Campaigners urged to report on expat pension policy
Campaigners who oppose imminent UK legislation that will ‘freeze’ expatriates’ pension allowances, have been asked to submit a report just days before it could be written into the Pensions Bills, ft.com reports.
Following a meeting with British Prime Minister, David Cameron, members of the International Consortium of British Pensioners were asked to supply information pertaining to the potentially damaging effects of the new policy.
The UK government has been planning to introduce a ruling whereby British expats would not receive inflation-linked rises to their state pensions, should they retire overseas. That’s regardless of the fact they’ve paid National Insurance contributions for many years.
This could leave around 565,000 British expat pensioners in 120 countries significantly out of pocket.
Furthermore, a study by foreign exchange firm, HiFX has suggested that the weakened pound has led to pension losses due to poor exchange rates, moneyfacts.co.uk writes.
However, the request for a report has been viewed as a positive step to blocking the policy. The campaign has been further bolstered with support from several Conservative Party MPs that similarly oppose the idea.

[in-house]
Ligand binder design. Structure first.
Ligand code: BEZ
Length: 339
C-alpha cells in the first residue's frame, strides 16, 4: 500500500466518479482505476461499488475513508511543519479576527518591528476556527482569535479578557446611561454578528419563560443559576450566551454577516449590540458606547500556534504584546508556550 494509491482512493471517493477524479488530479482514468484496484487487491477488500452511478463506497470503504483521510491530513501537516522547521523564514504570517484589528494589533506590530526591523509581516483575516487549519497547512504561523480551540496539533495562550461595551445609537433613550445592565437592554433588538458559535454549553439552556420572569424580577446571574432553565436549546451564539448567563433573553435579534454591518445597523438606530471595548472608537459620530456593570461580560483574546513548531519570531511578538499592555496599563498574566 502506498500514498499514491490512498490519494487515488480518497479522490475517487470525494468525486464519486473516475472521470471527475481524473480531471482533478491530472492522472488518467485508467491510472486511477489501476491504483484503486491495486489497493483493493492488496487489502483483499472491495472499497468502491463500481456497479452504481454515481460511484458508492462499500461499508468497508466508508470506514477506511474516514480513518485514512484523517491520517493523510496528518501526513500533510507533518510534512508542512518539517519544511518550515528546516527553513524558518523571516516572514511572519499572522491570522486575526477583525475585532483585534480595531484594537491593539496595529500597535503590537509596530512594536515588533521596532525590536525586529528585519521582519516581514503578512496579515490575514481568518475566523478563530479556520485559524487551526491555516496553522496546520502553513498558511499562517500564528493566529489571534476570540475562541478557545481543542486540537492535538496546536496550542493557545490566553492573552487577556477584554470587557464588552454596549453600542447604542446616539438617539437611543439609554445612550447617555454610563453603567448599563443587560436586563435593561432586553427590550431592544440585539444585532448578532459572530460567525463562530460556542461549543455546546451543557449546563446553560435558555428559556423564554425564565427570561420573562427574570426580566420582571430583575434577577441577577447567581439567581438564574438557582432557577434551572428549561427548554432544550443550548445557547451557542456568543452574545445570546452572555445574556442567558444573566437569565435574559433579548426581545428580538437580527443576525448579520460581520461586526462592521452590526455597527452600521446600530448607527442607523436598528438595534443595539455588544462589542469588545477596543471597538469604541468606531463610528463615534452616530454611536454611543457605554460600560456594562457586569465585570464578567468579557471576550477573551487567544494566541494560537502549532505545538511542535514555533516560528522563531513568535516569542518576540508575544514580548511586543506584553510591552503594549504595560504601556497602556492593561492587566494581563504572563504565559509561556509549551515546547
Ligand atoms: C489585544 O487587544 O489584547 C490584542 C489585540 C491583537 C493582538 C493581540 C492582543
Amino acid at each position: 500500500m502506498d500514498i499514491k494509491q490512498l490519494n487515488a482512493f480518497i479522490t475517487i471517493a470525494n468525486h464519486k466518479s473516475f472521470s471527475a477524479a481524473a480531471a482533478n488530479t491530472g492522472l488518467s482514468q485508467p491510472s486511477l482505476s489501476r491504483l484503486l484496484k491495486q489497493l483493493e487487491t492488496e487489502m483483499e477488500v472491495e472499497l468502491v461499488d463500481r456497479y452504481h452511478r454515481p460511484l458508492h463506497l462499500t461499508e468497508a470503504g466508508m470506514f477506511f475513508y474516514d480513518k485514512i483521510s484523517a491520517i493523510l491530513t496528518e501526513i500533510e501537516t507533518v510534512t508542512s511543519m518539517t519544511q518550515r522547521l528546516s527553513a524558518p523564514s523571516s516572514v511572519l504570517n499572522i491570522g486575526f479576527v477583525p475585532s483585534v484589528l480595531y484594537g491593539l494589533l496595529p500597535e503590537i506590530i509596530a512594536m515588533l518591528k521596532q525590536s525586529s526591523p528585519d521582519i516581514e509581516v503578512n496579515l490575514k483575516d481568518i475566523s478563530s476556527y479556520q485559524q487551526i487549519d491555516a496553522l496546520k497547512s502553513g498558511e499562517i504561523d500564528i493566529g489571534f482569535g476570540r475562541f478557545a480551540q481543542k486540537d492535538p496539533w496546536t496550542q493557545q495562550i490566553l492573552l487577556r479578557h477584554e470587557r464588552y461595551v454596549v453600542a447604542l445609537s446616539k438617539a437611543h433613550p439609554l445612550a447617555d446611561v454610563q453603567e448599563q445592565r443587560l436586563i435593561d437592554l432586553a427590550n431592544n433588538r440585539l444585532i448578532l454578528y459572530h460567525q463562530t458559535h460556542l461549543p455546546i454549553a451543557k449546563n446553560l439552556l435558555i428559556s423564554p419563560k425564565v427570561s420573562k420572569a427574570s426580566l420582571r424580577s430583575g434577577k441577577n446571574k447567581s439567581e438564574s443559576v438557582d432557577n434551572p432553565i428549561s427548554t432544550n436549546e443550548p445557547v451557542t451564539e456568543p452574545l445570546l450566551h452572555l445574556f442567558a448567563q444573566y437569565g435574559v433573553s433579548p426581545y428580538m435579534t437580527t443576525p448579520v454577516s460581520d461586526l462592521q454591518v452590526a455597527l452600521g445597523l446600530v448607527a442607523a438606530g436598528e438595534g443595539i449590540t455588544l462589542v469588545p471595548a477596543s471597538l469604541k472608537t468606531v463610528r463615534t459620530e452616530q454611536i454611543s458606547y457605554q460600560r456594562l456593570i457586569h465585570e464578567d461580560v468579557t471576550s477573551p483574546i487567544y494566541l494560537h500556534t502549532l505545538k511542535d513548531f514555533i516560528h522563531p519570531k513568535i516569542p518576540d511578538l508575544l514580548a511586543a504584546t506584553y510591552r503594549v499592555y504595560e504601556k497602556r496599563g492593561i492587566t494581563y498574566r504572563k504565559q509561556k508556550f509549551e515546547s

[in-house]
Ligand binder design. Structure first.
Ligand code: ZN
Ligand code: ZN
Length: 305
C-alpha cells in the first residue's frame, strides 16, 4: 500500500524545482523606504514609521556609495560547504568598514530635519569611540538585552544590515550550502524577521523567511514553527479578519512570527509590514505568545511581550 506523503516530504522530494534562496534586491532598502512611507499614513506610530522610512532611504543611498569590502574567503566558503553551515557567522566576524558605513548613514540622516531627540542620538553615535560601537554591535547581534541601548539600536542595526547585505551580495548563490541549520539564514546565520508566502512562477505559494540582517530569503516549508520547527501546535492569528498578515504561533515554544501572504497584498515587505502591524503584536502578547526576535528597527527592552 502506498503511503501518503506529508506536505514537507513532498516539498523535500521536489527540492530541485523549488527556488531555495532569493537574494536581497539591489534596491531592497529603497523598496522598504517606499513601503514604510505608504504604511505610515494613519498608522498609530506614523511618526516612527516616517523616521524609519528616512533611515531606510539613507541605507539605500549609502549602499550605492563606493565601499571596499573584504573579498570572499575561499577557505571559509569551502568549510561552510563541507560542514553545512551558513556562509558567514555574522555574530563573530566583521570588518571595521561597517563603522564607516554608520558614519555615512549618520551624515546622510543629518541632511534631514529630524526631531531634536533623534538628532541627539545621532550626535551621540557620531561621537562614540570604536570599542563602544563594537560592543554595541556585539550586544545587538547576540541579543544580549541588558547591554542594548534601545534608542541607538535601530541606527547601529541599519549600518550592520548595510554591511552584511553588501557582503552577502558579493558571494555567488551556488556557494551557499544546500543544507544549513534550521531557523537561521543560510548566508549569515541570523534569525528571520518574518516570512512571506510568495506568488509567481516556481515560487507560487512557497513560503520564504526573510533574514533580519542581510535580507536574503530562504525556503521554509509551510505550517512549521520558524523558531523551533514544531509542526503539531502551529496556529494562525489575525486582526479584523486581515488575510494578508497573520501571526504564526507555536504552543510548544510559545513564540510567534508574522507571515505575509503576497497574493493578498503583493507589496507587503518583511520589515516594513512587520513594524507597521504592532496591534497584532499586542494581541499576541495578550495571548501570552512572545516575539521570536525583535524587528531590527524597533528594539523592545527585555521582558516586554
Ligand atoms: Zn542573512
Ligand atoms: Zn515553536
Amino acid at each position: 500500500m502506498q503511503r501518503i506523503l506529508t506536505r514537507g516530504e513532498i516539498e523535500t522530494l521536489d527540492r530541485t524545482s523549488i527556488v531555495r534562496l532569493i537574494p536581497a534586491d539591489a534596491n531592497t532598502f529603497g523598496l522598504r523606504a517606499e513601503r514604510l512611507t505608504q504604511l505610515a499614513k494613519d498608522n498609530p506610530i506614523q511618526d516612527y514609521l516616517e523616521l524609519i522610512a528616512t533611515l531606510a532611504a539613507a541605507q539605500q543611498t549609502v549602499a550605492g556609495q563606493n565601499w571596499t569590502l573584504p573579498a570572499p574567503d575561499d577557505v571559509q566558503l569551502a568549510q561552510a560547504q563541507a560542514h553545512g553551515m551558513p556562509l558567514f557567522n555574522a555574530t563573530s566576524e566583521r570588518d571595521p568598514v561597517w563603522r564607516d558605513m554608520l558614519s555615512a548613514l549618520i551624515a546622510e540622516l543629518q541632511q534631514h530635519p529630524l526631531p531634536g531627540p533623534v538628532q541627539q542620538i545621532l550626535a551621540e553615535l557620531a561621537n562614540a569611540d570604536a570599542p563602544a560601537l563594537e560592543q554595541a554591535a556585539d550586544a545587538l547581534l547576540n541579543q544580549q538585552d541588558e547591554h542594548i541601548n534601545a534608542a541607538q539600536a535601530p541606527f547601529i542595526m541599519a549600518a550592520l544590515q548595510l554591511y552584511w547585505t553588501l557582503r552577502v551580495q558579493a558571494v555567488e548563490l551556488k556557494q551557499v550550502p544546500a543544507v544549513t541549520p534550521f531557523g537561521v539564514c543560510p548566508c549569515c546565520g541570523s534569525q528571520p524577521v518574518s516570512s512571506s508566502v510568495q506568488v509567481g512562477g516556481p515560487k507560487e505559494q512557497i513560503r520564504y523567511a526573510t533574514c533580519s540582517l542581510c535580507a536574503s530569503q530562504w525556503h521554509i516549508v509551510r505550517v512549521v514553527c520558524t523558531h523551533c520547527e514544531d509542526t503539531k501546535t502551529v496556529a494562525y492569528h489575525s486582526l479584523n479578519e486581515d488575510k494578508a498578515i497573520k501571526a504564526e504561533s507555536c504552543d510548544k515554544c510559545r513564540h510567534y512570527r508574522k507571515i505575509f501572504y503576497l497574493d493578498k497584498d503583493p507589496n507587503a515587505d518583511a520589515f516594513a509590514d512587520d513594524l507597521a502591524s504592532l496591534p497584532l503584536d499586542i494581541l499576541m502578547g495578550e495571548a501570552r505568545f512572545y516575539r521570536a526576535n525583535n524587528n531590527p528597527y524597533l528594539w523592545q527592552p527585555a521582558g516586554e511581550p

Conversely, British expats living in 16 countries within the EU and US – where reciprocal agreements have been signed – are in receipt of ‘pension uprating’.
The obstacle preventing the government from rolling this out worldwide, naturally, is the estimated £655 annual cost. This, though, is an excuse that’s simply unacceptable, according to Tory MP and campaigner, Sir Peter Bottomley.
He said: “People in government say the policy would cost too much money, but I don’t believe this is a strong argument.
“People living in many of these countries are saving the taxpayer as they don’t cost the NHS in medical treatment, for example. There is no rationale for uprating some overseas countries and not others. This is discrimination.”
The bill will be debated in parliament on 29 October.